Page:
For example, if you hope to save a certain amount of money each month or save for a specific goal, you should make sure the salary you are negotiating will help you get there. This may mean you ask for more salary instead of a non-cash benefit like equity.
An explicit goal of what a pay increase will help you achieve will help you feel more confident to ask.
If you haven’t yet received an offer, here are a few things to consider during the interview process:
- Do not share your current compensation. In many states (e.g., California), it is illegal for companies to ask for this. If a recruiter asks you, you can say, "I don’t feel comfortable sharing that information."
- We do not recommend sharing your compensation expectations before receiving an offer. Most companies will pay very competitively and will be willing to negotiate after giving an initial offer. If you choose to throw out a high number when asked, that will increase the chance you are required to provide proof of a competing offer. Instead, if you’re asked for your pay expectations, we recommend you reply with, "I'm focused on the interview process and still researching market data. I am confident we will get to a number that works for both of us."
Negotiating a salary, equity, and signing bonus for an Applied Scientist offer can be daunting. Still, with the proper knowledge and preparation, you can increase your chances of securing a fair and competitive offer. We recommend you:
Applied Scientist Negotiation Tactics
Recruiters commonly use a handful of sneaky tactics to help pull the negotiation in their favor — and it’s essential to be aware of them to avoid being taken advantage of. The most common tactics include putting time pressure on you with an exploding deadline, mentioning that the initial offer is non-negotiable (even though it is!), selling you on company growth and saying that your equity value will increase substantially, and promising to revisit pay in the near future.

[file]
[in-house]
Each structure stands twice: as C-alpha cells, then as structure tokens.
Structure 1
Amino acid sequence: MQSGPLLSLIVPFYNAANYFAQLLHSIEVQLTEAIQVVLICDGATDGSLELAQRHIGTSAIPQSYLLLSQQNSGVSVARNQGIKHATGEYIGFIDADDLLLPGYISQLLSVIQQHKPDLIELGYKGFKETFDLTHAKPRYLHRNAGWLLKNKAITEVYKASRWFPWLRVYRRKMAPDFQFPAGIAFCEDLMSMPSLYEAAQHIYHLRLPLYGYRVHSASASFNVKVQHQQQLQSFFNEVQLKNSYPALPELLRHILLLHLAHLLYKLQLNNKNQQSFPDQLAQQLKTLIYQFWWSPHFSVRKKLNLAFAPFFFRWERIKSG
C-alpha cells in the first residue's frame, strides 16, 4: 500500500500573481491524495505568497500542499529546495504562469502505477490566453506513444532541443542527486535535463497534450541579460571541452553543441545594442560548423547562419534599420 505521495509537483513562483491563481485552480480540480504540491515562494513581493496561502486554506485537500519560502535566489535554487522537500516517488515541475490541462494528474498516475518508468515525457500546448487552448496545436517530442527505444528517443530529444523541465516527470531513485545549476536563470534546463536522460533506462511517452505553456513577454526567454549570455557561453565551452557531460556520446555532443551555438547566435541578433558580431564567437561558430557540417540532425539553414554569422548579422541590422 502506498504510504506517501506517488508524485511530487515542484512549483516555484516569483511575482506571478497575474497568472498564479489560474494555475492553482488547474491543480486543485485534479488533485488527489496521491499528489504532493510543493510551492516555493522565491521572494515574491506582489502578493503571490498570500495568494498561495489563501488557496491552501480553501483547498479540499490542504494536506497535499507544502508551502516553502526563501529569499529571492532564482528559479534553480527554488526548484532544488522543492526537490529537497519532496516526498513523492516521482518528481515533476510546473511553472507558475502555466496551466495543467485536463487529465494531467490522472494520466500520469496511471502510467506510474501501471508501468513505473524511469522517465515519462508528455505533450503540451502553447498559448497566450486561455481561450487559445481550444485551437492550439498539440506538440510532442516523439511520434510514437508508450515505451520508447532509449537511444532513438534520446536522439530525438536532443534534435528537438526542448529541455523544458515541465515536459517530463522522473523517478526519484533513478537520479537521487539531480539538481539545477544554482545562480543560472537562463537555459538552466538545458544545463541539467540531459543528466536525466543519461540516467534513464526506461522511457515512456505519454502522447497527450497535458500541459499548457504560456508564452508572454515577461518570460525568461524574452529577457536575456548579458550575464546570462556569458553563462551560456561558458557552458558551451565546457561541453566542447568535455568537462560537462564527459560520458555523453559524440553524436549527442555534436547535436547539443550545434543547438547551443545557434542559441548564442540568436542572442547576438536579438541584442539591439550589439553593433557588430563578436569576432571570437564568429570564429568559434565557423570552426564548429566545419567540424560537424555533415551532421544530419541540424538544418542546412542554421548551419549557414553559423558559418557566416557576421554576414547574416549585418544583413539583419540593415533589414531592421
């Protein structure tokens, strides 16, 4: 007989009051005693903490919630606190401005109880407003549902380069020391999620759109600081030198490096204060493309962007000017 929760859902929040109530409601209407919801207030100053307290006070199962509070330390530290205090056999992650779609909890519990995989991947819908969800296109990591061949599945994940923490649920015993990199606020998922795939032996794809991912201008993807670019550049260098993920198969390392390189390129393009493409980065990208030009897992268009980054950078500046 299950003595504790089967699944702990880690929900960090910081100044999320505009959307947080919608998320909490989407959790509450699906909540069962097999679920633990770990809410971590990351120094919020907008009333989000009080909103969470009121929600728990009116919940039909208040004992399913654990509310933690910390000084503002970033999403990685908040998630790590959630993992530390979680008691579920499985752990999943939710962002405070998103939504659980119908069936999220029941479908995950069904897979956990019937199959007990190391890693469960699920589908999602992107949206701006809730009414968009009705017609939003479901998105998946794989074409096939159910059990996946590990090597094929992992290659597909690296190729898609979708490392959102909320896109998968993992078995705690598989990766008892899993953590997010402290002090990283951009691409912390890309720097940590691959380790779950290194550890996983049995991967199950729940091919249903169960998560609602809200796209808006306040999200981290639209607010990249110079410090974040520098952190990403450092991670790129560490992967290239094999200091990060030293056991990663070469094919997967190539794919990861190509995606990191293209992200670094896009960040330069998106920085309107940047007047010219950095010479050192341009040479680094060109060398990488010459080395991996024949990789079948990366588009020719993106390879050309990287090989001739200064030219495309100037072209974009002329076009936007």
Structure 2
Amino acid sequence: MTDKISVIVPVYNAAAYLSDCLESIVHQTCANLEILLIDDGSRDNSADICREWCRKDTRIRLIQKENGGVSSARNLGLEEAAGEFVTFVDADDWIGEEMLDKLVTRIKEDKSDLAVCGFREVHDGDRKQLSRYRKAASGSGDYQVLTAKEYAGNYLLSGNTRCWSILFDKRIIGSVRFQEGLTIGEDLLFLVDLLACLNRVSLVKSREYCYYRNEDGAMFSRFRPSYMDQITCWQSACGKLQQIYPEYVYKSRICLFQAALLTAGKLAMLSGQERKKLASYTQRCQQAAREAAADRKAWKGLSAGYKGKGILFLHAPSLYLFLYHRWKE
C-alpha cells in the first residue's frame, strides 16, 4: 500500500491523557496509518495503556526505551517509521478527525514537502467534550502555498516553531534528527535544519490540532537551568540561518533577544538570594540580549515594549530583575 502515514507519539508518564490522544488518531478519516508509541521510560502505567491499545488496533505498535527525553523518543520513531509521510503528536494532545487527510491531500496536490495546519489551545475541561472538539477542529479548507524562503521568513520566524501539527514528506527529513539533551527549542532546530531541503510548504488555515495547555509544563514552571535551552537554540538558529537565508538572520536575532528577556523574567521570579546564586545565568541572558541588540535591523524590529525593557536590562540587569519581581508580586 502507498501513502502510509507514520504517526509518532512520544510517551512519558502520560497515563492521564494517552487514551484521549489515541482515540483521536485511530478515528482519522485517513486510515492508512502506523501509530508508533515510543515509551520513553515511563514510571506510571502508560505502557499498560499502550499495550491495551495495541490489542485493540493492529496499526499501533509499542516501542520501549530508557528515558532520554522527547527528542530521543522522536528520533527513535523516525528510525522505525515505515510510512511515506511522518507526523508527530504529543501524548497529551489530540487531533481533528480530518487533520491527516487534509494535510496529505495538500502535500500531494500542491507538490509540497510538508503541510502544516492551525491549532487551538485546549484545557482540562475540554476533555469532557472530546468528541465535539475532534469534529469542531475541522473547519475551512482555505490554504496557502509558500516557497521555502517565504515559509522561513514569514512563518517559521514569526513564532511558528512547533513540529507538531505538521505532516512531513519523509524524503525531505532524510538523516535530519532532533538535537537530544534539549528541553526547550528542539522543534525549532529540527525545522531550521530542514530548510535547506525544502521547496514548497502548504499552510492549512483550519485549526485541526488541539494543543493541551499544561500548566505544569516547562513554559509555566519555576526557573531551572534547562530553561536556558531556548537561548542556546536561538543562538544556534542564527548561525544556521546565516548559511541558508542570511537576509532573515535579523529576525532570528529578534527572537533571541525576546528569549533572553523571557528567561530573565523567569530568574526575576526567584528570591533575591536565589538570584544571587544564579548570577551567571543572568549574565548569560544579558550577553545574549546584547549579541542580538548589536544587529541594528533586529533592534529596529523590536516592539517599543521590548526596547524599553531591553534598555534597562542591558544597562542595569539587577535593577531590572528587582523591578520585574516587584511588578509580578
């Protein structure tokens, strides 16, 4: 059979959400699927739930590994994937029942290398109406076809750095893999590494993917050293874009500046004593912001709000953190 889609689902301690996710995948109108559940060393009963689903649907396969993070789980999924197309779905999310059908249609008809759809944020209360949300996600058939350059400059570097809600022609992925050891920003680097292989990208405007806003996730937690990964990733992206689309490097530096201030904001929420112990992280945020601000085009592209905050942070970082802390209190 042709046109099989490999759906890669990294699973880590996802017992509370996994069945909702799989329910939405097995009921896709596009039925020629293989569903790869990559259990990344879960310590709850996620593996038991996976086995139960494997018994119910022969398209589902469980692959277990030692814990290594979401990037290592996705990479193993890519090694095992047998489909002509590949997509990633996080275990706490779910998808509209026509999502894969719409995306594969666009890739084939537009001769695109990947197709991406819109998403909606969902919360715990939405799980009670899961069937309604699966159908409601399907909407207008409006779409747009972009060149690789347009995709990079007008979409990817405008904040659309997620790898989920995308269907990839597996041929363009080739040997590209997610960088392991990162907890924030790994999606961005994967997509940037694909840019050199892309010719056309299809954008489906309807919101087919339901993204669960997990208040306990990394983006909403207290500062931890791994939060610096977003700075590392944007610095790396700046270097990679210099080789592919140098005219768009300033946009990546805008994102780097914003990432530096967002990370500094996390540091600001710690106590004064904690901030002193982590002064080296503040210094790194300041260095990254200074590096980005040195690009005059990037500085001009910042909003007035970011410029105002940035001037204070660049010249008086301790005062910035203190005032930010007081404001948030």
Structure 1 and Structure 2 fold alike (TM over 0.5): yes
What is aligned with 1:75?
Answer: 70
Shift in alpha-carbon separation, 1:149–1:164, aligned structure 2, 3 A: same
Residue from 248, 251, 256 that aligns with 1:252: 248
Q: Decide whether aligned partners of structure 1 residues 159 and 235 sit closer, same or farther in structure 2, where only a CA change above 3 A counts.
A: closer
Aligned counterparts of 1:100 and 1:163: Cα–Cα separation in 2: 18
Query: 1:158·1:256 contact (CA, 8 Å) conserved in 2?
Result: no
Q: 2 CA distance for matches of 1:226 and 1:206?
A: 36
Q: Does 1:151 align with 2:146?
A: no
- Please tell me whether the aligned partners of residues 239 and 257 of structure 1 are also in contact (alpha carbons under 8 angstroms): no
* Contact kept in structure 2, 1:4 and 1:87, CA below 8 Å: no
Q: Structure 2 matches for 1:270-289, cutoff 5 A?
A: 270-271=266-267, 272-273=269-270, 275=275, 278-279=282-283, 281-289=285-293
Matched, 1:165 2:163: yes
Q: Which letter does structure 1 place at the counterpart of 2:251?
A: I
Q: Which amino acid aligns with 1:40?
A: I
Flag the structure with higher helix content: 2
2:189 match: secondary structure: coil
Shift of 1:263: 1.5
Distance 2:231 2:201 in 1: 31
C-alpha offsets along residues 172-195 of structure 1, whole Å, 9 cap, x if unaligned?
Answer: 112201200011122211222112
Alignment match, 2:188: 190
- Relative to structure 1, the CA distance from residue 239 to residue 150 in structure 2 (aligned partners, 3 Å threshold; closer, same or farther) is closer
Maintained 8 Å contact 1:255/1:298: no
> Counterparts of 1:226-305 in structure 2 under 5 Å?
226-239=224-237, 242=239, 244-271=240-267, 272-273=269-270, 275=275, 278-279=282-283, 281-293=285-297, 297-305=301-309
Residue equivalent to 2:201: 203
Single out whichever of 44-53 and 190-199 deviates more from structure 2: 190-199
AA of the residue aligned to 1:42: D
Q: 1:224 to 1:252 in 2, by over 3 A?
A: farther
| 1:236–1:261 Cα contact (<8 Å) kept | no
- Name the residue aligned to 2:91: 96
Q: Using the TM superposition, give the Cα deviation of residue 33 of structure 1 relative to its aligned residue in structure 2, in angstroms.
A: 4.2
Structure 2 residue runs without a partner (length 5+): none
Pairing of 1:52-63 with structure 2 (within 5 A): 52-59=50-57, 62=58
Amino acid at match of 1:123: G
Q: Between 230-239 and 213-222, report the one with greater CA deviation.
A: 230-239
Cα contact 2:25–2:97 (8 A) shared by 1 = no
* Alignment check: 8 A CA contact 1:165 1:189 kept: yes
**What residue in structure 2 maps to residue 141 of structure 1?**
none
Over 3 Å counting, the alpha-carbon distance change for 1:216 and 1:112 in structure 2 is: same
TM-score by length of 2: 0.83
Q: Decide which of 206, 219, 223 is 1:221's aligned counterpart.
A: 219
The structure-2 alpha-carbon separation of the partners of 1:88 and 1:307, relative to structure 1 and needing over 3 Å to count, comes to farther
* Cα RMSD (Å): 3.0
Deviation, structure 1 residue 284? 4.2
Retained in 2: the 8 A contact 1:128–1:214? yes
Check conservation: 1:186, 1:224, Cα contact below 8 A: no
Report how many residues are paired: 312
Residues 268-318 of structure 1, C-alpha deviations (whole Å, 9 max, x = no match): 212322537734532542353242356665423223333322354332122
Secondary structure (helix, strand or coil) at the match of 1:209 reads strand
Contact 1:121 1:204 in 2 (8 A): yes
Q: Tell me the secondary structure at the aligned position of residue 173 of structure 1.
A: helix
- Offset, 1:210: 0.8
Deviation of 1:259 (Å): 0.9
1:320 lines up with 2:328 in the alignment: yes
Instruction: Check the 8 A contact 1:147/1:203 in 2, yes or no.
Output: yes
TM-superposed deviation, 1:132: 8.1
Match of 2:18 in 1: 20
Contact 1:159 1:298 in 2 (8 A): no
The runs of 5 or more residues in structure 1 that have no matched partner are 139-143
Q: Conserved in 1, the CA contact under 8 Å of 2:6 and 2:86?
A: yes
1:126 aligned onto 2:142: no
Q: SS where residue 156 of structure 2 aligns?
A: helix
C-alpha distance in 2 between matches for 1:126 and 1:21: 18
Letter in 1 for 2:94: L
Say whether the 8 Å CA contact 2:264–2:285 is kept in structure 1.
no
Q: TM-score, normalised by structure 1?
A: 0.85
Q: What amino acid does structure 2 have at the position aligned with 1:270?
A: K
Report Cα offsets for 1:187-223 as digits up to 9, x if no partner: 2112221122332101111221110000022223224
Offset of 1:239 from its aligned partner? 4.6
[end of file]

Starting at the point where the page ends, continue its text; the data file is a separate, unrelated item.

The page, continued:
Some of the most common negotiation strategies that we use in rebuttal are:
- Putting pressure on the employer – Employers are often pressured to fill a position quickly. You can use this to your advantage by pressing them to offer you a higher salary by saying, “I know you’re trying to wrap up the negotiation - here’s what I’d need to sign.”
- Standing in a stronger position – If you have a competing job offer (or are currently employed), you are in a stronger negotiating position. You can use this to your advantage by asking what you want regarding salary, benefits, and equity.
- Sharing outside information – You can also use outside information to strengthen your position. For example, you could talk with a competitor about the compensation they might be offering. Recruiters can be great resources for this information, too!